Congressman Michael Capuano (D-Mass.) will today introduce legislation to curb the First Amendment rights of for-profit corporations that were recognized and restored (along with those of unions, nonprofit organizations, and other forms of association) in the Supreme Court’s Citizens United decision.
One thing should probably be noted upfront – while most of the self-anointed campaign finance ‘reform’ community engage in verbal gymnastics worthy of Mary Lou Retton to avoid sounding like they want to silence certain voices in the political process, Congressman Michael Capuano is refreshingly straightforward on this subject. During hearings for the thankfully-failed DISCLOSE Act last year, Capuano had the following to say about the chilling effect the bill would have on speech:
“I hope it chills out all-not one side, all sides! I have no problem whatsoever keeping everybody out. If I could keep all outside entities out, I would.”
While Representative Capuano’s commitment to the First Amendment may be suspect, his honesty on the subject is not.
The so-called “Shareholder Protection Act” is less forthright, although it isn’t hard to discern what the intent is. There is a coalition that has formed to support the bill, with the usual suspects (Common Cause, CREW, Democracy 21, Demos, Public Campaign, Public Citizen, USPIRG, etc) behind it.
Called the Corporate Reform Coalition, the home page lays out the goal:
Following Citizens United v FEC, spending by outside groups funded largely by corporate interests exploded. Outside groups spent more than three times as much money to influence the 2010 elections as they did in 2006, the last mid-term cycle. The ads funded by unaccountable corporate interests fueled massive attacks that helped to shape the 2010 election cycle. Though it cannot undo the Court’s decision, several key approaches can help to blunt unchecked corporate spending by forcing greater disclosure of corporate contributions to political campaigns and by allowing the shareholders who own the corporation greater input. This campaign will work to limit the impact of the Citizens United decision by exposing corporate influence in our elections and bringing new accountability to corporate behavior via shareholder protection solutions.
Apparently, it hasn’t occurred to the Corporate Reform Coalition that passing laws to “blunt” political speech isn’t much more acceptable than laws banning political speech directly, under the well-established doctrine that Congress cannot do indirectly what it is prohibited from doing directly.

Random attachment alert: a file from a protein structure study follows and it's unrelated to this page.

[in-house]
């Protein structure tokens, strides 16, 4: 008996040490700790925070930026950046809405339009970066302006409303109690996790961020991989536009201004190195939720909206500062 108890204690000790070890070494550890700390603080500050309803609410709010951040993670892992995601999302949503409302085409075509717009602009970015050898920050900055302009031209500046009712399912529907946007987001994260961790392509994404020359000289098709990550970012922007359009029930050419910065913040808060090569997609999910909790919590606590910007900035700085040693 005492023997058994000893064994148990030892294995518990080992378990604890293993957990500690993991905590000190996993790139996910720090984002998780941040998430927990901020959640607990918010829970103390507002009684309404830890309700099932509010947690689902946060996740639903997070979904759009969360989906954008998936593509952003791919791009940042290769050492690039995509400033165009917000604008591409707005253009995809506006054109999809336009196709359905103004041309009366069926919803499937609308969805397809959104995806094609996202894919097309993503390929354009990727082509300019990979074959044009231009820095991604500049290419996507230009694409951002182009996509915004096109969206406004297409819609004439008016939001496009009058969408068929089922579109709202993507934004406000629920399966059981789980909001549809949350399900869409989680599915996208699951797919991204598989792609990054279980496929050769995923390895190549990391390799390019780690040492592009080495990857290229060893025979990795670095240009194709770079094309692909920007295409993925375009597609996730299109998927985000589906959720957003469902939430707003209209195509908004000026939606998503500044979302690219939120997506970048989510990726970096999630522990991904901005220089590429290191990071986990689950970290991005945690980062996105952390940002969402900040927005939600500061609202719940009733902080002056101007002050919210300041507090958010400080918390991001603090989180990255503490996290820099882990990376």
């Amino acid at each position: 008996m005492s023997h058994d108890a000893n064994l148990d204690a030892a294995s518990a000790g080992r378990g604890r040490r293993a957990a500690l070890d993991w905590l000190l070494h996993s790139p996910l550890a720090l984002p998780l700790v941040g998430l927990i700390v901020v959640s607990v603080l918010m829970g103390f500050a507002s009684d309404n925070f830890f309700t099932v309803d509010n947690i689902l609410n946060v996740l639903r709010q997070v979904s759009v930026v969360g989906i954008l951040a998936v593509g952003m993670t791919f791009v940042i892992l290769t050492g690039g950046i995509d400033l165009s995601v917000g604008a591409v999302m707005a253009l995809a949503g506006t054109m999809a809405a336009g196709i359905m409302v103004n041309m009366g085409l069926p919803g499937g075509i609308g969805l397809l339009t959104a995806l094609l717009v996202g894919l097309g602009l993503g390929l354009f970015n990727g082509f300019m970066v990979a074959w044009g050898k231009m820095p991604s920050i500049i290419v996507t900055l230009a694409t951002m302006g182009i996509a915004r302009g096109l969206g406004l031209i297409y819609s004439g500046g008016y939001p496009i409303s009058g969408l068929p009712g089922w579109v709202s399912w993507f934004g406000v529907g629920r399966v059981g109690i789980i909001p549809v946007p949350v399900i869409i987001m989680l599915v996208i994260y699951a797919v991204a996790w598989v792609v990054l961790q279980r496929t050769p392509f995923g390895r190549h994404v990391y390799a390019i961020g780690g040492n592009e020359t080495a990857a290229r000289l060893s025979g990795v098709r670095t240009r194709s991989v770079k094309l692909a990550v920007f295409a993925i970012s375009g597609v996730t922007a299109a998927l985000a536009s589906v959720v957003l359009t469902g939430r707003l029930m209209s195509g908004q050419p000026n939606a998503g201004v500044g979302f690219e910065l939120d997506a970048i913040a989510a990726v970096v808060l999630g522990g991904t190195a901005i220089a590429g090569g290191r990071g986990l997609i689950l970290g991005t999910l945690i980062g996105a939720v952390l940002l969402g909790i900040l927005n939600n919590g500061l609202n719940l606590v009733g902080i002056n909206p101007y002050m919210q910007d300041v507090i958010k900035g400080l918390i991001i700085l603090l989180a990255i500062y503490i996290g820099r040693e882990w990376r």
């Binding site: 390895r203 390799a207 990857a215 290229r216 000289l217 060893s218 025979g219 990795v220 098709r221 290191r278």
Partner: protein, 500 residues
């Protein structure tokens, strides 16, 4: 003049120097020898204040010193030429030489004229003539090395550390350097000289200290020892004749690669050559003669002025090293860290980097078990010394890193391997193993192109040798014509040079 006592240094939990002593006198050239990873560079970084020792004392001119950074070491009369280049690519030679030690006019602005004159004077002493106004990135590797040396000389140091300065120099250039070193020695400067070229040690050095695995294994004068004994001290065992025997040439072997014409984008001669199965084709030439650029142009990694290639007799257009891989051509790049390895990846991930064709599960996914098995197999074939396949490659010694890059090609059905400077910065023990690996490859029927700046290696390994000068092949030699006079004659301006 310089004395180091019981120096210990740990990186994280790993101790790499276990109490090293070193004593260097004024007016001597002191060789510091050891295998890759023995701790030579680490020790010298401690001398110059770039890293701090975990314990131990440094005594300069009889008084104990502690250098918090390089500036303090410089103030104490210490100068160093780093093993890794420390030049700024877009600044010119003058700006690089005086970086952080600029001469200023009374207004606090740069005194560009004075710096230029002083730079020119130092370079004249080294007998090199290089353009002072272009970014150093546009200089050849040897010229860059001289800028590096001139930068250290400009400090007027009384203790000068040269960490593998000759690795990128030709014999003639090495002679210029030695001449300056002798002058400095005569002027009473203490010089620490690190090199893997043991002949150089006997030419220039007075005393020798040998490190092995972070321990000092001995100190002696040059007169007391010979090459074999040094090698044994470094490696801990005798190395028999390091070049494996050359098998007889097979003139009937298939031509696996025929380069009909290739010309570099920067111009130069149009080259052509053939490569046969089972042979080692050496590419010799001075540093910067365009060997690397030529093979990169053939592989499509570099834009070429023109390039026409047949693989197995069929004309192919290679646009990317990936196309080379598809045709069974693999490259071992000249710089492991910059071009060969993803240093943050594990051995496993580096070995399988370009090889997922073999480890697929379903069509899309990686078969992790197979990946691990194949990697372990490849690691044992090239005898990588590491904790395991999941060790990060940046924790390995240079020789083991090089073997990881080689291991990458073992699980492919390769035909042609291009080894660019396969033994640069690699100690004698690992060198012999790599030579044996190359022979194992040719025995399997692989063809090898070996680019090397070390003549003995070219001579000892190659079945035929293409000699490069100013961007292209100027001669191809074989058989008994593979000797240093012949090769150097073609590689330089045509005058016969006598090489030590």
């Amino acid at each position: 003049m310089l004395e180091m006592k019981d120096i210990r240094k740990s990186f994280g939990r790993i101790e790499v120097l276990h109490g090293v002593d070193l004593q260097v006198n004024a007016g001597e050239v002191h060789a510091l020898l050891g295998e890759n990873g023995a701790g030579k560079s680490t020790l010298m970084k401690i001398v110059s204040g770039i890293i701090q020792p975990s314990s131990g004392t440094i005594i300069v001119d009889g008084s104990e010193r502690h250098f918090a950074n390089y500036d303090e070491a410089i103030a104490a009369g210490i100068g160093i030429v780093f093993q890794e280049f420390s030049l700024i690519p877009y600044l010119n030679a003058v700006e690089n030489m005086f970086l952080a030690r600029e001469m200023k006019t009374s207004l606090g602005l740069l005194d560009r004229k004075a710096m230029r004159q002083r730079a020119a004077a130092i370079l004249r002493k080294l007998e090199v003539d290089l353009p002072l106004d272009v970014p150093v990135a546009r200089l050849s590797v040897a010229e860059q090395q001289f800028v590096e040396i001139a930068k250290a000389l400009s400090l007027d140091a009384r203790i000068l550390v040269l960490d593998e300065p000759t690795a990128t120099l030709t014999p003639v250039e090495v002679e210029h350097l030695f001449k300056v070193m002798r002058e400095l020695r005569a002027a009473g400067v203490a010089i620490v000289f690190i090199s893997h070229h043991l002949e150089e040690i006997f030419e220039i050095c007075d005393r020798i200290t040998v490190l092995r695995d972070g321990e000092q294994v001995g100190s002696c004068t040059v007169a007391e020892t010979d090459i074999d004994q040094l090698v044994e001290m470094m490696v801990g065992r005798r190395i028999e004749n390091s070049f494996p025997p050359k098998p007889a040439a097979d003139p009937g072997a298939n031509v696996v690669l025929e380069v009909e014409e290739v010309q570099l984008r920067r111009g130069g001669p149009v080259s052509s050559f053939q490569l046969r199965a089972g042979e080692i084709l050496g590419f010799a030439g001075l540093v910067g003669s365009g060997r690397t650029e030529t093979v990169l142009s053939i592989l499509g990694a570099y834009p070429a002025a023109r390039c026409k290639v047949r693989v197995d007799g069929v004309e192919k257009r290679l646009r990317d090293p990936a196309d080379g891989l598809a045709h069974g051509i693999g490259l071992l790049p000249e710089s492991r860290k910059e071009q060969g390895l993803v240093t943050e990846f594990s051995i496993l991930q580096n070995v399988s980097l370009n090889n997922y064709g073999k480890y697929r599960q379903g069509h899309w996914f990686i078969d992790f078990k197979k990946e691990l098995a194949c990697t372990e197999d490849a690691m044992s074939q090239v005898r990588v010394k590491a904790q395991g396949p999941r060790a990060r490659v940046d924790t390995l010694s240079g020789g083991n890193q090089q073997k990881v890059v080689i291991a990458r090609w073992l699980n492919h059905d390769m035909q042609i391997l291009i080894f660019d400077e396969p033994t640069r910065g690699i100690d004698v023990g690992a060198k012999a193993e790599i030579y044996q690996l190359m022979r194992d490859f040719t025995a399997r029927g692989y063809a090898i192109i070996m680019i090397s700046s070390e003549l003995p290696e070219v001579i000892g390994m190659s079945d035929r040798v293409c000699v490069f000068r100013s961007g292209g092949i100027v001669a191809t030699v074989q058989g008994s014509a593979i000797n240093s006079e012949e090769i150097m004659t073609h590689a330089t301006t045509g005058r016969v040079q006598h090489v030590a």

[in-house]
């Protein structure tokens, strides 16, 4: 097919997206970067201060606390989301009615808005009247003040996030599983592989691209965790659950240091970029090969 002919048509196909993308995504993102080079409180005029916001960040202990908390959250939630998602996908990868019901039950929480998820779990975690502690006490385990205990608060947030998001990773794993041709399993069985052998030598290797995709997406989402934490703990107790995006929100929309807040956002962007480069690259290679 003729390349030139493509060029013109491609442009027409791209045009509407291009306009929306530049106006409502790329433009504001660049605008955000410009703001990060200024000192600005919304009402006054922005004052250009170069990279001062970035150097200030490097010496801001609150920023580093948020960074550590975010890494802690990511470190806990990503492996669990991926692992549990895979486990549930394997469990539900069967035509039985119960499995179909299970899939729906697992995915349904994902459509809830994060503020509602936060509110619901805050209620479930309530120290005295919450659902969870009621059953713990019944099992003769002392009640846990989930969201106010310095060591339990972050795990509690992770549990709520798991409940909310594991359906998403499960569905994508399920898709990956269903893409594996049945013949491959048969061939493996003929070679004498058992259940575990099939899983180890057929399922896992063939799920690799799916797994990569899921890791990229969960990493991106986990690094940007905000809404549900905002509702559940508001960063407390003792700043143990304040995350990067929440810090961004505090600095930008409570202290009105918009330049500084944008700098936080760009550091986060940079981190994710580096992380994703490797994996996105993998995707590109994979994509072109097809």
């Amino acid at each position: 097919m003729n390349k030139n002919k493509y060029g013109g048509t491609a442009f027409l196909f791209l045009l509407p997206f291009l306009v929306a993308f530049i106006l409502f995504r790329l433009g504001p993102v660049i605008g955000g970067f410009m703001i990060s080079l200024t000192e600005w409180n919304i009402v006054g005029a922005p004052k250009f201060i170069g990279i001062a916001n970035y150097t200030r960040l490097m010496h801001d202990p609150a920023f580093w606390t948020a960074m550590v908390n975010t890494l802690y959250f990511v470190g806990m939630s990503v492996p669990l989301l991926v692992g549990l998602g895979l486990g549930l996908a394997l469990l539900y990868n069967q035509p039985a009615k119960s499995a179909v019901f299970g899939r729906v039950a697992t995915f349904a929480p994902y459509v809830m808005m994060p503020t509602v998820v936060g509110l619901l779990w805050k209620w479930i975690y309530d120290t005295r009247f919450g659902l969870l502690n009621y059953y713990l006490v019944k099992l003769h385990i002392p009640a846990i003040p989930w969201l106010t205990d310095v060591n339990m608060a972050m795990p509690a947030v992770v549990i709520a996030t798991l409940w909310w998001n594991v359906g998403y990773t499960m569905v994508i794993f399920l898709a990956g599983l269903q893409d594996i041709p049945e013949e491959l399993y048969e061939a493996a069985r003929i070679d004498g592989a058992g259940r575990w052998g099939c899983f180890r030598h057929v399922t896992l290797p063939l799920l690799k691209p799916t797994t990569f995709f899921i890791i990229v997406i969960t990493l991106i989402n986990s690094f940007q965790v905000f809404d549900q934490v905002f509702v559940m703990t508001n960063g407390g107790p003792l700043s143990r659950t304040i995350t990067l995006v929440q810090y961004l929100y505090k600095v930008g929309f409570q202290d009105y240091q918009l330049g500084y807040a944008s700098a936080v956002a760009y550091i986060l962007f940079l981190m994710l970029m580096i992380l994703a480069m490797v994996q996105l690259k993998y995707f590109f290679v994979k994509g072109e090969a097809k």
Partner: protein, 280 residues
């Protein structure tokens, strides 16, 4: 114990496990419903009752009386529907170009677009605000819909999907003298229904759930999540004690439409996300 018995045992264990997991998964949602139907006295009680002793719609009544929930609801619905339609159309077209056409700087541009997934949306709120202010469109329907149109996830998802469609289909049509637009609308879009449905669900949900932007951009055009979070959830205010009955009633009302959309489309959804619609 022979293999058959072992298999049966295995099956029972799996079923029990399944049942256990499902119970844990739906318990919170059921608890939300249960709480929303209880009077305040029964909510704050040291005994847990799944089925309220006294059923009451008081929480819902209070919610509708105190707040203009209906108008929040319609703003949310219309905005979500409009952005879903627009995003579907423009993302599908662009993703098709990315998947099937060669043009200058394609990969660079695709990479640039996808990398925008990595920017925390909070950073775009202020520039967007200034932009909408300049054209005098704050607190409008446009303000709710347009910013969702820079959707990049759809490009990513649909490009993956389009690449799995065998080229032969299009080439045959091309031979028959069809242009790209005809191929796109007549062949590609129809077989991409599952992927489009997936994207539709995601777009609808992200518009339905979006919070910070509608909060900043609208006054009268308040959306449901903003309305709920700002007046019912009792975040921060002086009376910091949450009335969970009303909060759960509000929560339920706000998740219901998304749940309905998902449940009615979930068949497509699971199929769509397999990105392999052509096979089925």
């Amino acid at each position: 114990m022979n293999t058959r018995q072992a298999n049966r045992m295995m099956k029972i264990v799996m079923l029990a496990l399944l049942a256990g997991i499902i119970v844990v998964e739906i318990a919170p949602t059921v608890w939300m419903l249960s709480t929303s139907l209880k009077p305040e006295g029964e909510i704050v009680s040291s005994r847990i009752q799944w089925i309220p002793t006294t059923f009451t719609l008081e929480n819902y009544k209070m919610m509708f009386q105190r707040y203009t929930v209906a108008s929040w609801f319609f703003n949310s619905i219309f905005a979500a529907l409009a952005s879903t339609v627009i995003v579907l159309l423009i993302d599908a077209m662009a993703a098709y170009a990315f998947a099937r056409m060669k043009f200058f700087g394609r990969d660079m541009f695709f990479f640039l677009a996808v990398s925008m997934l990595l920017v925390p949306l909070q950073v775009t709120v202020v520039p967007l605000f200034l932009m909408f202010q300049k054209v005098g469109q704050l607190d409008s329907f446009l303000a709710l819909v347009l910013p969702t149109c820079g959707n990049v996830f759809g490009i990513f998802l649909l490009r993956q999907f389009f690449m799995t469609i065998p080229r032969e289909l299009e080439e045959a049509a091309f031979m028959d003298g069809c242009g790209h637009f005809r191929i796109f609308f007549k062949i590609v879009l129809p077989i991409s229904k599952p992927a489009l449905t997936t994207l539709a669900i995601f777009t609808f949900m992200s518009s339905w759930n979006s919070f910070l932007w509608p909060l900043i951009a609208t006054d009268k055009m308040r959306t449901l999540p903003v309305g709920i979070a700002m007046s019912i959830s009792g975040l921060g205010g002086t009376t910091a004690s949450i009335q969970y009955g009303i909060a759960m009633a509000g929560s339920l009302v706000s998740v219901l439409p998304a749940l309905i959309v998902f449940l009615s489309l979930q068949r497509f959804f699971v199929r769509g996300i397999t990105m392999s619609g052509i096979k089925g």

It is interesting, however, that the Coalition concedes that “forcing greater disclosure of corporate contributions” will help to stifle political speech.
While legislative language isn’t available yet, a press release out today describes the Shareholder Protection Act as follows:
The Shareholder Protection Act would require CEOs to receive annual shareholder approval of an overall political expenditure budget and mandate board ratification of specific campaign expenditures in excess of $50,000. Shareholders and investors would be notified of these campaign spending decisions, which also would be posted on the Internet for the public to see.
We’ll have a more detailed critique and analysis of this once the actual legislation is revealed, but one of the biggest problems with this proposal is pretty obvious. The legislation would impose a cumbersome process on corporations in order to speak, something that doesn’t allow at all for the oftentimes fast-moving political process. A candidate might take a position vital to a corporation’s interests, even their survival, shortly before an election. Instead of being able to quickly respond and either praise or criticize the candidate, the corporation would be silenced because it would take too long to organize a vote.
It also ignores that one of the main purposes of the corporate form is, in fact, to separate ownership from having to become involved in the day-to-day management of the company like setting budgets. This separation is what allows Americans to invest in multiple companies, even hundreds or thousands of companies (through mutual funds, typically) without having to learn the minutiae of the companies’ operations. This bill seeks to reverse this separation, forcing shareholders to become far more intimately involved in a company’s inner workings then they have any interest in.
The Shareholder Protection Act is simply the latest effort by so-called ‘reformers’ to silence political voices they do not believe the American public should hear from, and I trust Congressman Capuano will be as forthright about this as he was about the DISCLOSE Act.